We walked into the restaurant. Dark wood paneling, beautiful cloth napkins, vaulted ceilings.
Everyone looked so fancy.
The three of us plodded through the restaurant to our seats. Our table overlooked the whole restaurant.
Today, we talked about how my great great grandma Stella passed away at the young age of 42 after having 10 children and several miscarriages. Her father was a Swede--John Swanson. Her husband--Nelson Edward Parsons--carried her away from Ohio to Oklahoma. I don't remember if it was a state or not at the time. Their daughter, my great grandmother, Thelma, was a flapper girl turned nursing student who returned home to care for her younger siblings after her mother passed away. My grandmother spent her childhood traveling with her mother as she worked as a nurse or playing on the farm with her grandpa and her aunts and uncles.
She talked about living with her mother in a hospital in Wyoming.
Can you imagine being the only daughter to a single traveling nurse in the 1930s? What an adventurous life!
We splurged and enjoyed the bacon wrapped filet mignon and the creme brulee. It was delicious.
Now, I'm back at work, thinking about how good the food was and how I'm going to avoid eating again until tomorrow morning.
I'm listening to beautiful music, studying my lines, vacuuming, making lists, fixing things, taking care of customers, and feeling good.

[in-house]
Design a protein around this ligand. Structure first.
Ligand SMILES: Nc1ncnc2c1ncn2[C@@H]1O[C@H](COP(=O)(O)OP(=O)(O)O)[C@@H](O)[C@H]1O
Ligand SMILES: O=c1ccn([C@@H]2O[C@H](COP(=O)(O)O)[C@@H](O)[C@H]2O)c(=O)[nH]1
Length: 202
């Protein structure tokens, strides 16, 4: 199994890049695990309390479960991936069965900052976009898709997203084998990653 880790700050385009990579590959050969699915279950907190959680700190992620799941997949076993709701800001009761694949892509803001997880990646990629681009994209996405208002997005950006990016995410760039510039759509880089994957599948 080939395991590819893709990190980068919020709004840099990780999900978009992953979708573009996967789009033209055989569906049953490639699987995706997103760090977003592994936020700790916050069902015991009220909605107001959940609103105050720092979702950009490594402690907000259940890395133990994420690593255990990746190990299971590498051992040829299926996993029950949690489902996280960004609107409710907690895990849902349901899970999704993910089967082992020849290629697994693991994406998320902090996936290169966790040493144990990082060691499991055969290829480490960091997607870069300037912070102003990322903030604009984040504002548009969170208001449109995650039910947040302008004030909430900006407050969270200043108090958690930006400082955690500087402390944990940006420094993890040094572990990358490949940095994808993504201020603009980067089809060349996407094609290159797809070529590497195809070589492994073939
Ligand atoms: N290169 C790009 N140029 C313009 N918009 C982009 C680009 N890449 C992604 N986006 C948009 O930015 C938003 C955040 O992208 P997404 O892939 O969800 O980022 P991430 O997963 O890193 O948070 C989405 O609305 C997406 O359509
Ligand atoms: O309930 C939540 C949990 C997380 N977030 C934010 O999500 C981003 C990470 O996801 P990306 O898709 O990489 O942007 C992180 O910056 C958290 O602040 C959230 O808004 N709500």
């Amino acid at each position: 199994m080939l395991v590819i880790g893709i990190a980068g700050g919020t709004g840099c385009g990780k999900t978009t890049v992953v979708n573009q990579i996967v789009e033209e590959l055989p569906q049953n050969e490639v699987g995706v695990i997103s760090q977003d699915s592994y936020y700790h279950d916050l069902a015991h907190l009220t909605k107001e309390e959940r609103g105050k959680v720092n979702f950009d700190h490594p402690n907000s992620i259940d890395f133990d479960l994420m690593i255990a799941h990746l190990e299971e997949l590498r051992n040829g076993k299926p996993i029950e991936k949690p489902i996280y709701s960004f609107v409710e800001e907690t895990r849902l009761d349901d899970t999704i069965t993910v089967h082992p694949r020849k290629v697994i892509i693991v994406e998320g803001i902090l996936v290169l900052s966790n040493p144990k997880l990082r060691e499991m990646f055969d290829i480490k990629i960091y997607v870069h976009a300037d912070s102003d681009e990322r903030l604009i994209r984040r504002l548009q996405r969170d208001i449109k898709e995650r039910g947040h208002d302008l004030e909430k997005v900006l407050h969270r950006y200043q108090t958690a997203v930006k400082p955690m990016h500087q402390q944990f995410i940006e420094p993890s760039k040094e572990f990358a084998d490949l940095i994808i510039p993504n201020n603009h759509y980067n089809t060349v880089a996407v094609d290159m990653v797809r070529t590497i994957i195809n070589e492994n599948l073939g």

The depression started in 1929 with the crash of the stock market--and the recession started in 2007 with the crash of the housing market. My grandmother, Joann, was born in March 1932--just three years after the crash. My great grandmother Thelma Parsons Kirkpatrick, was born in 1909--before World War I and World War II.
Let's compare. Let's overlap time a little bit. Let's say Joann was born three years after the housing crash--in 2010. And her mother was born 23 years before in 1987. And during the time between 1994 and the birth of her daughter--there was a large war in a foreign land.
In the past, this mother and daughter faced a long economic recession together that ended with a World War--just 9 years after my grandmother was born.
I am not a doomsday prophet or a cynic, but I love to study the past. History repeats itself. If overlapping history shows us anything--we're in for some world shaking events.
So right now, in this quiet moment, as I enjoy lunch in a beautiful restaurant, as I listen to a little Punch Brothers on Spotify, I am going to be grateful for today.
I'll deal with the surprises of life with the grace and wit I inherited from my ancestors.
After the war, my great grandmother met and fell in love with a handsome soldier, Jack Kirkpatrick. That was in 1946. She was 37. They lived happily ever after into their 80s.
I am 35. And since history generally repeats itself, I look forward to enjoying the company of a good man myself, in good time.